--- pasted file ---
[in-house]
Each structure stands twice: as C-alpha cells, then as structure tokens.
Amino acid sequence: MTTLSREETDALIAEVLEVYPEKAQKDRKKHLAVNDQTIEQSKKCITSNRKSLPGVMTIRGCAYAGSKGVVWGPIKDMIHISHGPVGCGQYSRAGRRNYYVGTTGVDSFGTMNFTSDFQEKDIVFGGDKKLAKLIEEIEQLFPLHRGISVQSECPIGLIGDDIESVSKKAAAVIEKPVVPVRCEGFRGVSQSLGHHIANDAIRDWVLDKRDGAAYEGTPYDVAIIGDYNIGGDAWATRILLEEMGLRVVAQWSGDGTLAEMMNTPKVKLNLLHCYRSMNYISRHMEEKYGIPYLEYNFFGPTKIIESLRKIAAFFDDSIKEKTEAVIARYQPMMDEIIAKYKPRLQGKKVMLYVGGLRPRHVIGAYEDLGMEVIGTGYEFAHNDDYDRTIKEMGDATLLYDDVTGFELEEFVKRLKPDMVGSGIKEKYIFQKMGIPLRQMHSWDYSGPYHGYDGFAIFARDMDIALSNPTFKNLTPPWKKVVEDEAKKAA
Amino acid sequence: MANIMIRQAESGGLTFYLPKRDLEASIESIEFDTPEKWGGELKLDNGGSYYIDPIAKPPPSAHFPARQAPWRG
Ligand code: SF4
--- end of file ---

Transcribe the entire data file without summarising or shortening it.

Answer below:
[in-house]
Each structure stands twice: as C-alpha cells, then as structure tokens.
Amino acid sequence: MTTLSREETDALIAEVLEVYPEKAQKDRKKHLAVNDQTIEQSKKCITSNRKSLPGVMTIRGCAYAGSKGVVWGPIKDMIHISHGPVGCGQYSRAGRRNYYVGTTGVDSFGTMNFTSDFQEKDIVFGGDKKLAKLIEEIEQLFPLHRGISVQSECPIGLIGDDIESVSKKAAAVIEKPVVPVRCEGFRGVSQSLGHHIANDAIRDWVLDKRDGAAYEGTPYDVAIIGDYNIGGDAWATRILLEEMGLRVVAQWSGDGTLAEMMNTPKVKLNLLHCYRSMNYISRHMEEKYGIPYLEYNFFGPTKIIESLRKIAAFFDDSIKEKTEAVIARYQPMMDEIIAKYKPRLQGKKVMLYVGGLRPRHVIGAYEDLGMEVIGTGYEFAHNDDYDRTIKEMGDATLLYDDVTGFELEEFVKRLKPDMVGSGIKEKYIFQKMGIPLRQMHSWDYSGPYHGYDGFAIFARDMDIALSNPTFKNLTPPWKKVVEDEAKKAA
Amino acid sequence: MANIMIRQAESGGLTFYLPKRDLEASIESIEFDTPEKWGGELKLDNGGSYYIDPIAKPPPSAHFPARQAPWRG
Ligand code: SF4